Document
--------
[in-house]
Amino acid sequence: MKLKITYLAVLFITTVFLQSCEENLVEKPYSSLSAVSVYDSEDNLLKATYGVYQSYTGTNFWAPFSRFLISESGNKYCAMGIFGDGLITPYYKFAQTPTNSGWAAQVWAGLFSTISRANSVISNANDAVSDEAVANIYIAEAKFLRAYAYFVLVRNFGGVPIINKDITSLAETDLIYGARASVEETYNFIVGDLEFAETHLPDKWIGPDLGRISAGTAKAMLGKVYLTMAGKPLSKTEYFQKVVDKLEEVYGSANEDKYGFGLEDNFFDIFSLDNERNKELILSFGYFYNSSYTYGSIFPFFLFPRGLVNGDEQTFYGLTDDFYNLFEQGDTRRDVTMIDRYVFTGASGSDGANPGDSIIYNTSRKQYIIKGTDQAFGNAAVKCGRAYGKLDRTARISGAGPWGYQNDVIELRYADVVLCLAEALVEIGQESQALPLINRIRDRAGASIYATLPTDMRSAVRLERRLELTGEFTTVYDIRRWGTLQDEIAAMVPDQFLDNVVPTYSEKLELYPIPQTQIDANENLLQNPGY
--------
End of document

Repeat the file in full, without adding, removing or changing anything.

[in-house]
Amino acid sequence: MKLKITYLAVLFITTVFLQSCEENLVEKPYSSLSAVSVYDSEDNLLKATYGVYQSYTGTNFWAPFSRFLISESGNKYCAMGIFGDGLITPYYKFAQTPTNSGWAAQVWAGLFSTISRANSVISNANDAVSDEAVANIYIAEAKFLRAYAYFVLVRNFGGVPIINKDITSLAETDLIYGARASVEETYNFIVGDLEFAETHLPDKWIGPDLGRISAGTAKAMLGKVYLTMAGKPLSKTEYFQKVVDKLEEVYGSANEDKYGFGLEDNFFDIFSLDNERNKELILSFGYFYNSSYTYGSIFPFFLFPRGLVNGDEQTFYGLTDDFYNLFEQGDTRRDVTMIDRYVFTGASGSDGANPGDSIIYNTSRKQYIIKGTDQAFGNAAVKCGRAYGKLDRTARISGAGPWGYQNDVIELRYADVVLCLAEALVEIGQESQALPLINRIRDRAGASIYATLPTDMRSAVRLERRLELTGEFTTVYDIRRWGTLQDEIAAMVPDQFLDNVVPTYSEKLELYPIPQTQIDANENLLQNPGY